Bank of England: Do as I say, not as I do

Andrew Cornell

Andrew Cornell Managing Editor BlueNotes

Published

For a central banker, Andy Haldane is a Shakespearean fool – not that he’s foolish, in fact exactly the opposite. Under the guise of speeches with titles like The Dog and the Frisbee he cuts through the pomp of the regulatory court with incisive and often irreverent – and sometimes perplexing – wit.

Take his latest work: nearly 12,000 words, 16 charts, 2 tables and 6 pages of footnotes - on simplicity. At least it lives up to its title: A Little More Conversation, A Little Less Action. (And there are Elvis references.)

Sparkling in its own right, the speech is a must read for corporate executives and communicators in this era. He cites Charles Dickens, properly: “Depending on who you follow on Twitter, for central banks it is the best of times and the worst of times; it is an age of wisdom and an age of foolishness; it is an epoch of belief and an epoch of incredulity.”

Ostensibly an argument for more and more comprehensible central bank communication, this speech is also the most rigorous argument I’ve seen around the importance of trust, purpose and transparency in the modern, fragmented media landscape – which he also does a superb job of analysing. It’s also a must read for corporate leaders bewildered no one believes what they say.

In a conclusion worthy of Jacques Derrida, Haldane accepts it “is an irony, and not one lost on me, that this speech is a classic example of one-way central bank communications”.

“Worse still, it comes in at around 11,500 words, contains 2,000 adverbs and adjectives and has a reading grade score of around 11,” he adds. “Perhaps central bankers, like this one, have always been better at preaching than practicing. If so, that needs to change.”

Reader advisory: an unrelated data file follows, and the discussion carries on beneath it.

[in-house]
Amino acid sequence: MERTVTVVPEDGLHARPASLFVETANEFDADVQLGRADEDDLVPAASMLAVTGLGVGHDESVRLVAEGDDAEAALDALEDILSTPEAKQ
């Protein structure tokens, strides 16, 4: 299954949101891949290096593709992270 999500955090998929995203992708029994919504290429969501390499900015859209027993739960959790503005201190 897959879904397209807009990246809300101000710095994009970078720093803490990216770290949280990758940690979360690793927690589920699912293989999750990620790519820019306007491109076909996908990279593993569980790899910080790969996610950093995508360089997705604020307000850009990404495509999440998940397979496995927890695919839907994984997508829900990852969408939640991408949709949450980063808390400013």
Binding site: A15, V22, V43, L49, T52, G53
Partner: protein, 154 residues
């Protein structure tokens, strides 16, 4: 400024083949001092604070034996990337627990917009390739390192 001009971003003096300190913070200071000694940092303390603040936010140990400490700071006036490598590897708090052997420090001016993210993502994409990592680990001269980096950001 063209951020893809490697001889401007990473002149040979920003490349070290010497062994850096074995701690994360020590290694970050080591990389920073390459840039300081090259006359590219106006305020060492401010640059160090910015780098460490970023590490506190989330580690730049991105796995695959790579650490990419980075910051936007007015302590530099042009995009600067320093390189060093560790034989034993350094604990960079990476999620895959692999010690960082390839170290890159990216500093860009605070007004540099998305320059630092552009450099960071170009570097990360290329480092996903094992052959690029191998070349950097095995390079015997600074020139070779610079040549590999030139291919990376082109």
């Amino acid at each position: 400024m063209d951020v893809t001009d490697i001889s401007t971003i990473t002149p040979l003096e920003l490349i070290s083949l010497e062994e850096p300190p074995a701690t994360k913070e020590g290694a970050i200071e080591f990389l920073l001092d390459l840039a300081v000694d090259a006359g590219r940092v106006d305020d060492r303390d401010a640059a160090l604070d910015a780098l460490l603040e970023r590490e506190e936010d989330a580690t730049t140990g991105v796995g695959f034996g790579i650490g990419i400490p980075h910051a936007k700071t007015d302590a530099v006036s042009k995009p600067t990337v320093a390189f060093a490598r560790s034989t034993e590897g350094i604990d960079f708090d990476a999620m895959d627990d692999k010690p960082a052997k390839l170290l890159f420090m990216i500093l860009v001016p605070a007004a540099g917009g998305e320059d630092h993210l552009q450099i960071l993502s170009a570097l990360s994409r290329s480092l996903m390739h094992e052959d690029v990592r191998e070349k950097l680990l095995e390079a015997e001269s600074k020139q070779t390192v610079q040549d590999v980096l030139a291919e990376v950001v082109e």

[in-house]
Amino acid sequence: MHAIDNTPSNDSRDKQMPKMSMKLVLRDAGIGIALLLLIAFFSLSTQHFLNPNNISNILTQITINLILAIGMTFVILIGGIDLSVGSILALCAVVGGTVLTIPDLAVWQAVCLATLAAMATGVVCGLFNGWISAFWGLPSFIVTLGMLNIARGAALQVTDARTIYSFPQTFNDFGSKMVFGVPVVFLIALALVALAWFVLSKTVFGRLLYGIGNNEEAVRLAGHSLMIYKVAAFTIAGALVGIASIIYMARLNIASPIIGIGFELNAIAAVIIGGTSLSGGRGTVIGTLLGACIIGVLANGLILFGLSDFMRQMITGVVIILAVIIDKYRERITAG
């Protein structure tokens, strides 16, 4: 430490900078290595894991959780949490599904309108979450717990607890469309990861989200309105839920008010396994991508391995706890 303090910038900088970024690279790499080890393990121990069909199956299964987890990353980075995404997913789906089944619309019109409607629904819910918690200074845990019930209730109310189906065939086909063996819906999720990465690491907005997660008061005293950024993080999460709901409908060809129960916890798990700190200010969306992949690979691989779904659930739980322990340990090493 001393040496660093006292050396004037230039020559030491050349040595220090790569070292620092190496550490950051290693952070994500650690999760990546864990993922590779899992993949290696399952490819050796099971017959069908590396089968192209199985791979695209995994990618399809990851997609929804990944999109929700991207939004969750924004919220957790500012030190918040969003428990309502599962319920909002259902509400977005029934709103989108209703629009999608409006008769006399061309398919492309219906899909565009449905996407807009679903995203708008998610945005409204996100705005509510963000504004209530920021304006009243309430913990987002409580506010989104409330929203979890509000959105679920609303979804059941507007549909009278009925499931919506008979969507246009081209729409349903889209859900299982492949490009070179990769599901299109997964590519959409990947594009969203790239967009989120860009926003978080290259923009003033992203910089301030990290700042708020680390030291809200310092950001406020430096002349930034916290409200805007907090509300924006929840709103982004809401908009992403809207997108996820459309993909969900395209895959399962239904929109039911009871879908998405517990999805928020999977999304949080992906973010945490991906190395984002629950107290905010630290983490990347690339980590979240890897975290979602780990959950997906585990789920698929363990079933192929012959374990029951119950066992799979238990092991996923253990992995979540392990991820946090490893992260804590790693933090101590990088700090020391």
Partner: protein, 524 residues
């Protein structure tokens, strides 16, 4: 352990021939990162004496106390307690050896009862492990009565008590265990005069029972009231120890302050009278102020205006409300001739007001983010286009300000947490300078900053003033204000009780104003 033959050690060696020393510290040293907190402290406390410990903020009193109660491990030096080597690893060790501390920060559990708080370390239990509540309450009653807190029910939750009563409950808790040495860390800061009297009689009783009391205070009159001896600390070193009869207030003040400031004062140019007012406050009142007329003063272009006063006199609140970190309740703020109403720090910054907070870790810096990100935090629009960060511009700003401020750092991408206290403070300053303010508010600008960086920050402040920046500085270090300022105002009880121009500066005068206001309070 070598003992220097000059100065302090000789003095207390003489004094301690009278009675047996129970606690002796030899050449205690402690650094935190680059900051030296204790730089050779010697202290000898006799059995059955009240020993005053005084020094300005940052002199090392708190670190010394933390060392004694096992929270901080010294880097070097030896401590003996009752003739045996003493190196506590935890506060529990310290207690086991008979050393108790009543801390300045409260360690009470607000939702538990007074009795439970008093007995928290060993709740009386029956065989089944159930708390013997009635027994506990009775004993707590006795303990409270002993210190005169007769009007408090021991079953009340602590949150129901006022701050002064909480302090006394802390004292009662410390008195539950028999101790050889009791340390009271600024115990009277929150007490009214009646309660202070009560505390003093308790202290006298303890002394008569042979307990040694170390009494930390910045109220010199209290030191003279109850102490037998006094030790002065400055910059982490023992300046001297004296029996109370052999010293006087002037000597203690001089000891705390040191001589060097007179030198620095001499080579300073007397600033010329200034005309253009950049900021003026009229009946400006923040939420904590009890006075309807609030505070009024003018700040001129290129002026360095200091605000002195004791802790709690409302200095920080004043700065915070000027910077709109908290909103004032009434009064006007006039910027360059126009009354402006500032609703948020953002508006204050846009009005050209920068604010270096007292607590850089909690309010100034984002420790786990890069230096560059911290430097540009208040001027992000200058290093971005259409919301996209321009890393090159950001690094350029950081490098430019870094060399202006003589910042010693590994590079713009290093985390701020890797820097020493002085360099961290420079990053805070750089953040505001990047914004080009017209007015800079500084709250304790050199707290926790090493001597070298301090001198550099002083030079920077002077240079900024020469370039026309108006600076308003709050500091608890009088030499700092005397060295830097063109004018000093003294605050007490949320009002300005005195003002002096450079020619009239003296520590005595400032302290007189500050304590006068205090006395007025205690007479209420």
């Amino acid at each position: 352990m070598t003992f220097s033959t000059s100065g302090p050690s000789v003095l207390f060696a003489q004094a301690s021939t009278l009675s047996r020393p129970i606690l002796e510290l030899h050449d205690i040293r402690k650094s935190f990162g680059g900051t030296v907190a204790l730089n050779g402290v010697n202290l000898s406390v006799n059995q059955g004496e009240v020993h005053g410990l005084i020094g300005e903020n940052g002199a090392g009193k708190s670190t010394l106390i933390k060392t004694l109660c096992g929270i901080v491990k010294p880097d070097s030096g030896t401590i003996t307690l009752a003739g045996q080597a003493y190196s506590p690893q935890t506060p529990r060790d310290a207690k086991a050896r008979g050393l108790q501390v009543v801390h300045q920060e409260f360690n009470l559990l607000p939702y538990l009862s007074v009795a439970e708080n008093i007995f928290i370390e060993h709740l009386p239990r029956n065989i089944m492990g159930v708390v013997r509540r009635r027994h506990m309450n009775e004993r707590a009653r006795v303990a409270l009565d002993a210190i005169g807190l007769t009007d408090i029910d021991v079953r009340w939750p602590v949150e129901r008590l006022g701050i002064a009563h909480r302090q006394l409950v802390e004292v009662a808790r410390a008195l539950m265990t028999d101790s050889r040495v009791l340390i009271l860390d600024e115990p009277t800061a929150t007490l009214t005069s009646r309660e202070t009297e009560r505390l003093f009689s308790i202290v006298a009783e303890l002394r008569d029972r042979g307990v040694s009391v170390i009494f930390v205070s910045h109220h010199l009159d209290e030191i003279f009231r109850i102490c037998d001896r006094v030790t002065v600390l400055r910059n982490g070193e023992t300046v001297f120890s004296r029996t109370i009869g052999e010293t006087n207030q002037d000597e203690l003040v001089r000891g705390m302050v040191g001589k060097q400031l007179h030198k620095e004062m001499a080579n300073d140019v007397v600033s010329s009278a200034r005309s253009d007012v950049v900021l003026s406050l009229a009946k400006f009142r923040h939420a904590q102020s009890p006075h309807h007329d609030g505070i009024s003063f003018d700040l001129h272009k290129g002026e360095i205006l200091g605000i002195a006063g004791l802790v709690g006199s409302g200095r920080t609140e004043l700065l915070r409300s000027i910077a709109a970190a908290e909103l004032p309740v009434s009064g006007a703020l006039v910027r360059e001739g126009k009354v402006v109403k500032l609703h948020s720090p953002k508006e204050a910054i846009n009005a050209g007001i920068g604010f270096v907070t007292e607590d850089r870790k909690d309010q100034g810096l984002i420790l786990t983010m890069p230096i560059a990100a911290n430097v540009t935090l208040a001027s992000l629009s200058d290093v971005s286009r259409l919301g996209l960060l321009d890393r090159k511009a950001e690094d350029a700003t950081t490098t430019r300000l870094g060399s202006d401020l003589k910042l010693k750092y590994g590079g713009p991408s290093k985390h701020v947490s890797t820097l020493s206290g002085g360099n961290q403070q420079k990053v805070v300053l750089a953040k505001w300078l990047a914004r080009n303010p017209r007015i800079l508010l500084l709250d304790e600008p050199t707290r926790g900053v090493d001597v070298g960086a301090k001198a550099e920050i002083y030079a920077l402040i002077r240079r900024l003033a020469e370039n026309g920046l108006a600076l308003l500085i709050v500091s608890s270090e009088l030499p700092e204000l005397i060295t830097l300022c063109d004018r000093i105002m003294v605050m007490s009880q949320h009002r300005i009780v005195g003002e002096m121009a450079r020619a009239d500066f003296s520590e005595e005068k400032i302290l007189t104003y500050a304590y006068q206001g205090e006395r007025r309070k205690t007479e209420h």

Inexplicably, Haldane doesn’t reference former US Federal Reserve chairman Alan Greenspan’s definitive example of central bankspeak: “I know you think you understand what you thought I said but I'm not sure you realise that what you heard is not what I meant”.

But there are no shortage of pithy examples of the uber-arrogance of central bankers from eras of genuine corporate arrogance.

 

On the Bank of England’s early years: “The prevailing ethos was well-captured by the job description provided to the official who became, in effect, the Bank’s first press officer: ‘keep the Bank out of the press and the press out of the Bank’”.

When pressed by a Parliamentary Committee in 1930 to explain the Bank of England’s actions, then governor Montagu Norman replied: “Reasons, Mr Chairman? I don’t have reasons, I have instincts”. Haldane notes “building trust and legitimacy is among the most pressing issues facing central banks today,” he says – but it’s not just central banks.

His next point summarises the phenomenon that is at the heart of every communications conference, every corporate purpose discussion, every consultancy pitch, of pretty much the last decade: “Where once trust was anonymised, institutionalised and centralised, today it is increasingly personalised, socialised and distributed.”

The challenge Haldane notes “is to rebuild trust among a wider set of societal stakeholders, more distrustful and diffuse than ever previously, using a set of trust-building technologies, less well-understood than those used previously”.

“Those new frontiers include communicating in simpler, narrative language that engages a wider audience using localised, personalised messaging; finding new ways to engage with cohorts of society currently out of reach, listening as often as talking; and using new technologies – nudging and polling, naming and gaming – to better understand the views and behaviours of wider society. For central banks, this is a brave new world.”